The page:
Reptil #2 Review

by Charles Martin on June 23, 2021

Reptil #2 Review
Writer: Terry Blas
Penciler: Enid Balám
Inker: Victor Olazaba
Colourist: Carlos Lopez
Letterer: Joe Sabino
Publisher: Marvel Comics

Heritage features strongly from the get-go in Reptil #2, with a welcome flashback to Beto's youth showing him in happier times with his parents.

But in the present, we've still got a big fantastic fight scene to deal with! Reptil does a commendable job rescuing a street full of civilians from his new nemesis (later named Megalith). Then it's up to him and his cousins, Julian and Eva, to unpack what happened -- not just the mystery of Reptil's new antagonist, but how and why his sister is suddenly a junior sorceress.

With the kind of impeccable logic that comes into play in comics (and teen fiction of all sorts), they conclude the best course of action is for Eva to magic them to Dinosaur World so Beto can talk to the Hag of the Pits, the maker of his dino-amulet. 

An aside: I could have done with a stronger nod to the fact that Reptil has, through the Hag, a continuity link leading back to Jack Kirby's Devil Dinosaur. But it's still cool to celebrate the fact that the Marvel universe is big enough to contain multiple prehistoric realities, giving creators options beyond the Savage Land when they want to play with dinosaurs.

Speaking of prehistoric settings, this issue gives the art team a chance to flex their dino-drawing muscles, and it's not an opportunity they neglect. Enid Balám's human characters remain chunky and elastic, and now they're joined by a wealth of exquisitely rendered dinosaurs.

Colourist Carlos Lopez takes advantage as well, using a simple tropical palette of greens and blues to establish the setting behind the characters and animals. Sadly, though, his dinosaur colours are mostly muted browns and greys. Perhaps he wants to make sure Reptil's bright orange dino transformations are always the most eye-grabbing thing in the panel? Mission accomplished on that score.

But I started with the point that heritage is important in this issue. It begins with Mrs. Lopez revealing that her favourite dinosaur is Quetzalcoatlus, not just because it's an awesome pterosaur -- and it is! -- but because it proudly carries a Mexican name into the world. The parallels are obvious there.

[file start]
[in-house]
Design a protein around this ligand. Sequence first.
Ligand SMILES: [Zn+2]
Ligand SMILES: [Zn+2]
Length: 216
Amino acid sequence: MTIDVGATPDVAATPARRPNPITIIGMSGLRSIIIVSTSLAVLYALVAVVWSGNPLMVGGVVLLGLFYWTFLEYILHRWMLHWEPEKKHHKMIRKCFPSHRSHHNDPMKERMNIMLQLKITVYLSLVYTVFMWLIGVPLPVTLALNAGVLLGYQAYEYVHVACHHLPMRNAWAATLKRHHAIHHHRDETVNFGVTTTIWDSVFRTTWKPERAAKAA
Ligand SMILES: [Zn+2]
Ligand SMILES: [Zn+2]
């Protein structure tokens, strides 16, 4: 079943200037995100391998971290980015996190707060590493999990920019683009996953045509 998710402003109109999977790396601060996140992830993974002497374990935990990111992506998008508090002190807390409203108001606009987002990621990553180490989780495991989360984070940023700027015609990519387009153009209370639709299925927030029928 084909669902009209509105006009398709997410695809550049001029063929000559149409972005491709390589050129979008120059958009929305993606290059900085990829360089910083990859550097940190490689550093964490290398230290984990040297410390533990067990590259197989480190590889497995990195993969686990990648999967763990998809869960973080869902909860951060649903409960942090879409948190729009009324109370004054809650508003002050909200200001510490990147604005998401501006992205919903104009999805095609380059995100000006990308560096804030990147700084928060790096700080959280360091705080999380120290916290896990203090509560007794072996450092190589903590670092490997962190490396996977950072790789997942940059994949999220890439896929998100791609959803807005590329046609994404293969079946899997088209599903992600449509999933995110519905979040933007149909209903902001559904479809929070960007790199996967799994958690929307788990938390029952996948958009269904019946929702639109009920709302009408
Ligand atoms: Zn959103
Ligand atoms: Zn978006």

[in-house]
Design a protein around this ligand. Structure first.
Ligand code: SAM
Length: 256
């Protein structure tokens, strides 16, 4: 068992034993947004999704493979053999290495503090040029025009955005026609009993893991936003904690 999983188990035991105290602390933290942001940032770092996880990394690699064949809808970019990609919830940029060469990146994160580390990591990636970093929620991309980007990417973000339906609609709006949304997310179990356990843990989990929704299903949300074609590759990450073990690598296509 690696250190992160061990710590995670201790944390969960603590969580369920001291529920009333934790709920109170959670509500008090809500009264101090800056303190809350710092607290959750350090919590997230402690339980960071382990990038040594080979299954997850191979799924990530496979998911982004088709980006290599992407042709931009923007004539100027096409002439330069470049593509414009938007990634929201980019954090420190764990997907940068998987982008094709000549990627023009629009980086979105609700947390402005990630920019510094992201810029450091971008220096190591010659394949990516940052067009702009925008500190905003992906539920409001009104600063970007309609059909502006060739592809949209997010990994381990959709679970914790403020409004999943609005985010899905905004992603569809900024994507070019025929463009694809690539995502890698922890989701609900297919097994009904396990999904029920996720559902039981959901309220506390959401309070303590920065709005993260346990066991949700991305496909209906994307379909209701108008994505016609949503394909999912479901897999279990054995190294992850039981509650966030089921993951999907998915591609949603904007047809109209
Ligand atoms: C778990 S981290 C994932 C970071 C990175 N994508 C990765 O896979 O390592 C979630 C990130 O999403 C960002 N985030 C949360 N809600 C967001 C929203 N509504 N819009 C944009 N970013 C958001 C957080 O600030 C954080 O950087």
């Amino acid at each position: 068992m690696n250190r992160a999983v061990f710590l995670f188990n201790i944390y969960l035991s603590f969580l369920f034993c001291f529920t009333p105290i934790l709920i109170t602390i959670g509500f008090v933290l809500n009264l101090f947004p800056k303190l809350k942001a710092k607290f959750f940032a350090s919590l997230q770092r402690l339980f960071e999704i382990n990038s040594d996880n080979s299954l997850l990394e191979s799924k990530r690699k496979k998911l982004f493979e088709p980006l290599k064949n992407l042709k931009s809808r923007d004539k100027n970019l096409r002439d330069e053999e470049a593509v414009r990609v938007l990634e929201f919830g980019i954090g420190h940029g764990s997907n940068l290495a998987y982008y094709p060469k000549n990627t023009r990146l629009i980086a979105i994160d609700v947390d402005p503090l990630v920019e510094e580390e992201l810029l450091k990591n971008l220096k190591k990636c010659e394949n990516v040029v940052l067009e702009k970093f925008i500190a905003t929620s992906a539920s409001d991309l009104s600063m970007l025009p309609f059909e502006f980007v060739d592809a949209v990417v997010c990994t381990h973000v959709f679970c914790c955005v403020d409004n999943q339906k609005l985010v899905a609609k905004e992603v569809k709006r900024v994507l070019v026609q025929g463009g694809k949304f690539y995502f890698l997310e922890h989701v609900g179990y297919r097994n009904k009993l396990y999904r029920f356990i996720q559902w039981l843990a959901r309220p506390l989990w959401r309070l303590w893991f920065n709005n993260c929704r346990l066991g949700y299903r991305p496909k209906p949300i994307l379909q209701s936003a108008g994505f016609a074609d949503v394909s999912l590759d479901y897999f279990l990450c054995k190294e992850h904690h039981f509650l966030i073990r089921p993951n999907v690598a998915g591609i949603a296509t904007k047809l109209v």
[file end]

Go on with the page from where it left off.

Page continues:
The Latinx experience comes back to the forefront during Beto's critical conversation with his cousins. They articulate an earned resentment about their never-settled place in the culture of Los Angeles. Julian points out that though they're third-generation Americans, they're regularly mistaken for immigrants. And the fact that merely speaking Spanish sometimes makes Eva feel endangered is a major justification for her cultivating her magic skills.

As happened in #1 (and noted in my review thereof), these ideas tumble out of the characters in an earnest, expository way that's less than ideal. It's definitely telling, not showing. But that's not a mortal sin.

I can forgive some exposition if that's what it takes to get these important themes on the page. It's good for Latinx readers to see characters whose experiences mirror their own. And it's even better for readers outside that demographic box to gain an understanding of what the world looks like from inside it.

But that sometimes-frustrating expository tone runs all through the script. The plot lopes along at a nice pace, but it's often developed by having the next plot point dumped into Reptil's lap. Papá Vic shows up for one page to help Beto and his cousins identify the villain. And the Hag of the Pits wraps up a whole ball of helpful prophecy and hands it to Reptil in the last act.

If I'm critiquing the work of Terry Blas, I also have to emphasize that I am by no means talking about deal-breaking problems here. Pat resolutions to plot problems and characters wearing their hearts on their sleeves aren't bad. They're just not great, putting a soft brake on this comic's rise and holding it short of its full potential.

And there's another important factor to consider: This title is clearly aimed at a young audience. Fresh eyes will probably be a lot more forgiving of expository storytelling than my geezer perspective. 

Plus -- and I say this as somebody slogging through the doldrums of the mid-70s on Marvel Unlimited -- there are much worse ways to mess up a message than to have your characters state it in carefully considered, crystal-clear exposition. I'll take a clear if slightly didactic tone over ineffable hand-waving any day.

Reptil #2 treats Humberto Lopez and his cousins to a theropod-sized chunk of plot development, taking them to Dinosaur World and embroiling them in plenty of well-drawn action. The script takes a clear-cut approach to both plot development and cultural expression, letting the characters broadcast the author's ideas directly. Though the method is a little rough, the ideas are definitely worth checking out. And the expository style will probably be A-OK with the younger audience this book is aiming for.

Our Score:


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Charles Martin's picture
I love the note on the teaser page encouraging readers to write in and identify the issue's dinosaurs. Perfect idea!